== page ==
The sustainable production of university gowns offered by Churchill Gowns is, to me, the most intriguing and innovative aspect of the brand. With an estimated 60,000 plastic bottles recycled and turned into gowns already, it seems they’re taking big strides in the world of ethical production. “Our gowns are manufactured from recycled PET plastics, which are predominantly hard plastics such as drinking bottles, shampoo bottles or plastic food trays”, Adkins explains when probed further on the companies production methods. “After washing off labels, the factory crushes the plastics into miniscule pellets and then spins these pellets into a yarn. This yarn can then be dyed and stitched into clothing. The finished fabric is fundamentally a polyester, and indistinguishable from a polyester made from virgin plastic.”

You may, as I was, be thinking about the big catch: transportation and shipping. “We decided to ensure all our shipping from our manufacturer to our warehouse is completely carbon offset,” says Adkins. “We achieve this by working with ClimateCare, an organisation that calculates our emissions, and then charges us the cost of mitigating the environmental impact of our emissions.”

With such positive branding, you might assume that universities across the country would be eager to bring their ethical policies up-to-date, investing in lower cost gowns (thus making them more accessible to a wider range of students) that benefit the planet. We at Cambridge are a lucky few, as Adkins points out: “In Cambridge, Ede & Ravenscroft compete with Ryder & Amies, and the students’ union also wholesales and sells gowns to students. In Oxford, Ede & Ravenscroft also have a presence but they have competitors such as Shepherd & Woodward. The result of the free competition is that buying an Oxbridge college gown is far cheaper (around £40) than buying a graduation gown at other universities (around £150), even though the gowns themselves are not very different.” Cambridge are therefore providing us with a “tradition-free choice” (when it comes to graduation, college gowns not so much), but universities up and down the country are, in fact, resisting the change.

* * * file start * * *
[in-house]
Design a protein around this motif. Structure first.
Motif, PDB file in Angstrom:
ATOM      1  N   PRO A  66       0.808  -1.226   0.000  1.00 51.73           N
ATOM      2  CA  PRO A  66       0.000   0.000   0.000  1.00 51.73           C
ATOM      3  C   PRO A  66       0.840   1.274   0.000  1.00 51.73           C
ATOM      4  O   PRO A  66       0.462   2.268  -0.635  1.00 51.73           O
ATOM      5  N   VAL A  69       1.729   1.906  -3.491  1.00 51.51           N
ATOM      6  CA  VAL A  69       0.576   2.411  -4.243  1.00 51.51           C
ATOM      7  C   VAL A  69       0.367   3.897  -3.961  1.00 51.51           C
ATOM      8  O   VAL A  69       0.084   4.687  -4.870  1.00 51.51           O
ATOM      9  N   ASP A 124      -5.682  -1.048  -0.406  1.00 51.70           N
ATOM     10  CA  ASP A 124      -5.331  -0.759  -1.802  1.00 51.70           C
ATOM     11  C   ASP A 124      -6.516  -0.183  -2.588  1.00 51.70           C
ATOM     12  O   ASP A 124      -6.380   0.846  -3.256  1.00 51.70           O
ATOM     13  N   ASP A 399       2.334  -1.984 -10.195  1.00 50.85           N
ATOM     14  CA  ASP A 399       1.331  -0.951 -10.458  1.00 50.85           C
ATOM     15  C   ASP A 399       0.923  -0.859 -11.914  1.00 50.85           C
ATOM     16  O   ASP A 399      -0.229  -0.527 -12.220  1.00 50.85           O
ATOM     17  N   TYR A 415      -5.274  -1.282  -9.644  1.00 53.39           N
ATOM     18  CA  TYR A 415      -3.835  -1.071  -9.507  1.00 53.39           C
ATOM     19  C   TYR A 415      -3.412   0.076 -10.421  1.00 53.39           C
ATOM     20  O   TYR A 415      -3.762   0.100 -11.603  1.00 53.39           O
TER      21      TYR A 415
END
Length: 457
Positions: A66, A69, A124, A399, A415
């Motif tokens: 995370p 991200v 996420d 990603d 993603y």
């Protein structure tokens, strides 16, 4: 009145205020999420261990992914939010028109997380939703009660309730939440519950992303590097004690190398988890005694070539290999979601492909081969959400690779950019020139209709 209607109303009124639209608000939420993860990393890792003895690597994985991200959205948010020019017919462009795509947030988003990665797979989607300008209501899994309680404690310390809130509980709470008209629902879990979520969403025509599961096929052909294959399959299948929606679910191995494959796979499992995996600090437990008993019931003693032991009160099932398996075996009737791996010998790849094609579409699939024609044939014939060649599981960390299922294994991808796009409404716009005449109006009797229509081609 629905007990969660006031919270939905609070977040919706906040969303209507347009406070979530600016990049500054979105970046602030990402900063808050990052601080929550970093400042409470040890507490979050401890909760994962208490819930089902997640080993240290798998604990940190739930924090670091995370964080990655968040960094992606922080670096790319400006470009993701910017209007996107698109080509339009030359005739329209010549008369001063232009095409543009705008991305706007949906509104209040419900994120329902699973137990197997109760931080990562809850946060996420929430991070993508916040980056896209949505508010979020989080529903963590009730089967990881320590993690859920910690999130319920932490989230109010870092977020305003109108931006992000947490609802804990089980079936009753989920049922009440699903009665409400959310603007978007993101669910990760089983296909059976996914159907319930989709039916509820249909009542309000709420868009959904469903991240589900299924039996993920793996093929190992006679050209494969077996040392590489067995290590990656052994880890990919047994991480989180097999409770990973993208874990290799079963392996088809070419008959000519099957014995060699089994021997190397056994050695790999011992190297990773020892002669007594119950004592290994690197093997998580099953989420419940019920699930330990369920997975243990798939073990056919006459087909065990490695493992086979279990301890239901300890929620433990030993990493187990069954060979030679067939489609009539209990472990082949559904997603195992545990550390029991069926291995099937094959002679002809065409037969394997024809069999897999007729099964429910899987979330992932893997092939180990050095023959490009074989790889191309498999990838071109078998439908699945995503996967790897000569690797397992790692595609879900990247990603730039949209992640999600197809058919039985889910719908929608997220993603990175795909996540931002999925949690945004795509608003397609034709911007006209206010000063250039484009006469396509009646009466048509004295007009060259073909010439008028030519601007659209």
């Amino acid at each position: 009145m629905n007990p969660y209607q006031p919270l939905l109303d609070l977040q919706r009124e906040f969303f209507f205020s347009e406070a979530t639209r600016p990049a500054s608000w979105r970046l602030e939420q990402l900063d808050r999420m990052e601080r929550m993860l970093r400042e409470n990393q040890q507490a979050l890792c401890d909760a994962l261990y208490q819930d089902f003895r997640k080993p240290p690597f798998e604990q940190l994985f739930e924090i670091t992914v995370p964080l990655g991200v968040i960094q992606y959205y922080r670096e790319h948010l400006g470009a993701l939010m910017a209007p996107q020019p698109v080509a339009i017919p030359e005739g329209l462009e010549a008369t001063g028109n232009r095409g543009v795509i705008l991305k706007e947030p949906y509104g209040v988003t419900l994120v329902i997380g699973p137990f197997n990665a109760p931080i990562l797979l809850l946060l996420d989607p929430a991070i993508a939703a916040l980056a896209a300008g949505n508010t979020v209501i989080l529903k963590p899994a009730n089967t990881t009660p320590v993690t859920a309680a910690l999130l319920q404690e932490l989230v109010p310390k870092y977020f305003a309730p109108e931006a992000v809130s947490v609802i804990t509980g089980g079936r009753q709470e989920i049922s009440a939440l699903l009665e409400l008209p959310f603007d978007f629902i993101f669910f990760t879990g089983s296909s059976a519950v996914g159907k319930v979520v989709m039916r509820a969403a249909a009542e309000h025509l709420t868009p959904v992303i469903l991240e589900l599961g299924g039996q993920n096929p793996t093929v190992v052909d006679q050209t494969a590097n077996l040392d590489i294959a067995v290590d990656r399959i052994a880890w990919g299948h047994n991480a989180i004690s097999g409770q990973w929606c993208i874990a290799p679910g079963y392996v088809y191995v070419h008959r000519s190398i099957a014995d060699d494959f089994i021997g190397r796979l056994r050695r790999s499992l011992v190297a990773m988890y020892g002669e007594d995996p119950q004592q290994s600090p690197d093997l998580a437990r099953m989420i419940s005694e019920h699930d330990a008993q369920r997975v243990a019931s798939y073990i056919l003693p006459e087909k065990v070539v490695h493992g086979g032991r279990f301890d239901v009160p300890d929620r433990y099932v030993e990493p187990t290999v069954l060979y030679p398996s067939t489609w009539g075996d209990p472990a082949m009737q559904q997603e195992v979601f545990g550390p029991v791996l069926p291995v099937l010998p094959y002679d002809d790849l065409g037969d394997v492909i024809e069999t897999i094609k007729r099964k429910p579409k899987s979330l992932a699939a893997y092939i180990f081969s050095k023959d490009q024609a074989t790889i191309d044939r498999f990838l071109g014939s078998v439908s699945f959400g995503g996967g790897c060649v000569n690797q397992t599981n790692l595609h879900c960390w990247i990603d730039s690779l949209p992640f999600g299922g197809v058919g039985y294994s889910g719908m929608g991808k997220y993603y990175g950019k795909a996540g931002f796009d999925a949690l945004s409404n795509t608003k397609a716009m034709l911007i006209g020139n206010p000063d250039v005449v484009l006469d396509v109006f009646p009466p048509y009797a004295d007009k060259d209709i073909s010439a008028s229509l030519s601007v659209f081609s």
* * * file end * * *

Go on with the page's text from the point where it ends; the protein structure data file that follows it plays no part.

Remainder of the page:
‘More than £2 million in commission was paid to 36 institutions in 2017-18 by their gown and photography suppliers.’